Staten Island: Beauty Queens Banned From St. Patrick’s Parade After Pageant Winner Comes Out As Bisexual

First, a report from yesterday:

On Sunday, Miss Staten Island is taking a walk — and a stand. Madison L’Insalata — who exclusively revealed to The Post she is bisexual — plans to deck herself out in rainbow gear when she marches in the Staten Island St. Patrick’s Parade.

Organizers have again banned the Pride Center of Staten Island from marching and L’Inslata wants to show her support for the LGBTQ community. “There’s no rule against me wearing a rainbow,” said L’Insalata, 23, who has never before publicly discussed her sexual orientation. “I want people to see the colors and ask questions.”

Larry Cummings, a representative for the parade’s organizing committee, did not respond to The Post’s requests for comment. But he told the Staten Island Advance last week: “Here’s the deal, it’s a non-sexual identification parade and that’s that. No, they are not marching. Don’t try to keep asking a million friggin’ questions, OK?”

The Staten Island Advance reports:

The head organizer of Staten Island’s annual St. Patrick’s Parade has banned all pageant winners from marching, the Advance has learned. As a result, the decision has thwarted Miss Staten Island’s controversial plans to march in support of the LGBTQ community, after the Pride Center of Staten Island had again been excluded from participating.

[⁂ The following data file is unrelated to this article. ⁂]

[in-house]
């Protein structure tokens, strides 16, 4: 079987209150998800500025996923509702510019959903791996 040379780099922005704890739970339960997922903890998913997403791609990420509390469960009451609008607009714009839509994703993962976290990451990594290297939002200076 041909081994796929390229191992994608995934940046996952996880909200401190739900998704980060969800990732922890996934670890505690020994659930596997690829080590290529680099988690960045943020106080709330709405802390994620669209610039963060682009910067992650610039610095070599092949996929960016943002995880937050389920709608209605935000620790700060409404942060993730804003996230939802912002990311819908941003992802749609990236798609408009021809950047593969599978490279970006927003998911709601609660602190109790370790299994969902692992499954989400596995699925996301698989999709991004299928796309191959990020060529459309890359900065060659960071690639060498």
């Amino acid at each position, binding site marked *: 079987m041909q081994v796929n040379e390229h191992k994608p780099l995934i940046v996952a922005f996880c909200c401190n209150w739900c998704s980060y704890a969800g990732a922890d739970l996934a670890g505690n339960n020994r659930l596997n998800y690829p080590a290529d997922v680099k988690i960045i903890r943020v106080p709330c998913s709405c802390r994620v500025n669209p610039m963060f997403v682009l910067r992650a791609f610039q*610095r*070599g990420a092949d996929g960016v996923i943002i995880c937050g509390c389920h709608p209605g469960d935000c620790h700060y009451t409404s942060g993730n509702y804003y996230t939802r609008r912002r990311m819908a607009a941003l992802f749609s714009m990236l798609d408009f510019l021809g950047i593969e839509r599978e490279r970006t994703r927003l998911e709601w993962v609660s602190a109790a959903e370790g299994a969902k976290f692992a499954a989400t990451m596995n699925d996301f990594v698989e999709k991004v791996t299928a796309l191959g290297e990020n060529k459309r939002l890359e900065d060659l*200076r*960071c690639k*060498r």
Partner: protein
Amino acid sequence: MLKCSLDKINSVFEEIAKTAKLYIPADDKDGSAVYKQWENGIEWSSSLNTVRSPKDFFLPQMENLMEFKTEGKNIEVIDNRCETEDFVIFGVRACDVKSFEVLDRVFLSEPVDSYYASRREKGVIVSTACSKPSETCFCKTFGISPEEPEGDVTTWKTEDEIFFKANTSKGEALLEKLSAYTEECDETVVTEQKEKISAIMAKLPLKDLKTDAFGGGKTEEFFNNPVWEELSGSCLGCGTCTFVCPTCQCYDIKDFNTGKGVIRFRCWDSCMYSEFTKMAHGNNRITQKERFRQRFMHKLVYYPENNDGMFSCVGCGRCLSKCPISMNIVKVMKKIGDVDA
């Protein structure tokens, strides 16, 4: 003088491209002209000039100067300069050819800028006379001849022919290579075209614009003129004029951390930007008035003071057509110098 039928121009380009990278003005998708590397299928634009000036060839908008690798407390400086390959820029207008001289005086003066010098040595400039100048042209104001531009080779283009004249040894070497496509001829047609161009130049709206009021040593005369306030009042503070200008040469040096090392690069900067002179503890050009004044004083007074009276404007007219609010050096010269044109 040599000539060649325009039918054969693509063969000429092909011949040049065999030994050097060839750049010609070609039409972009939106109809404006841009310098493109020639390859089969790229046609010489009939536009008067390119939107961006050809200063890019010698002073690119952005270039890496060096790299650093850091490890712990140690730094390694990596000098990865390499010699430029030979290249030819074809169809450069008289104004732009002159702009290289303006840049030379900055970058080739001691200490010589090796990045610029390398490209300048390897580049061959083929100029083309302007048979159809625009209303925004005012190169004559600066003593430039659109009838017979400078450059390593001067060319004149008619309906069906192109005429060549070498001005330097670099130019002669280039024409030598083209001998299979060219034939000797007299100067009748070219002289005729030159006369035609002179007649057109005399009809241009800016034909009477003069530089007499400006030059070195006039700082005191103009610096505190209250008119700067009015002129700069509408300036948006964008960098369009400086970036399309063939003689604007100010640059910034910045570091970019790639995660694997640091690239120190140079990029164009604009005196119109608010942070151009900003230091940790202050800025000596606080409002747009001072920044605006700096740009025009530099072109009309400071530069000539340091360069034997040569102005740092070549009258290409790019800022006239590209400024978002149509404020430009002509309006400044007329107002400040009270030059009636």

Madison L’Insalata, Miss Staten Island 2020, announced publicly Saturday she’s bisexual, and would be wearing a rainbow colored scarf while waving from the back of a convertible along the parade route in West Brighton.

Hours after her announcement made headlines, parade head Larry Cummings placed a call to pageant director Jim Smith to inform him all pageant winners, the cars they were set to ride in and the drivers were banned from the parade for “safety” reasons, Smith said.

Also from The Advance:

Amid a wave of controversy against the LGBTQ community, Councilman Joseph Borelli (R-South Shore) said his display of a tiny pride flag pin got him booted from marching in the Staten Island St. Patricks Parade on Forest Avenue on Sunday.

Borelli, wearing a small rainbow flag lapel pin on his jacket, was told by one of the parade marshals that he couldn’t march, said the councilman.

“They [the parade marshals] physically blocked me,” said Borelli, who had planned to march in the parade despite many of the Island’s politicians decision to either not march or boycott the event. “They [the parade marshals] physically blocked me, my wife and two boys in strollers.”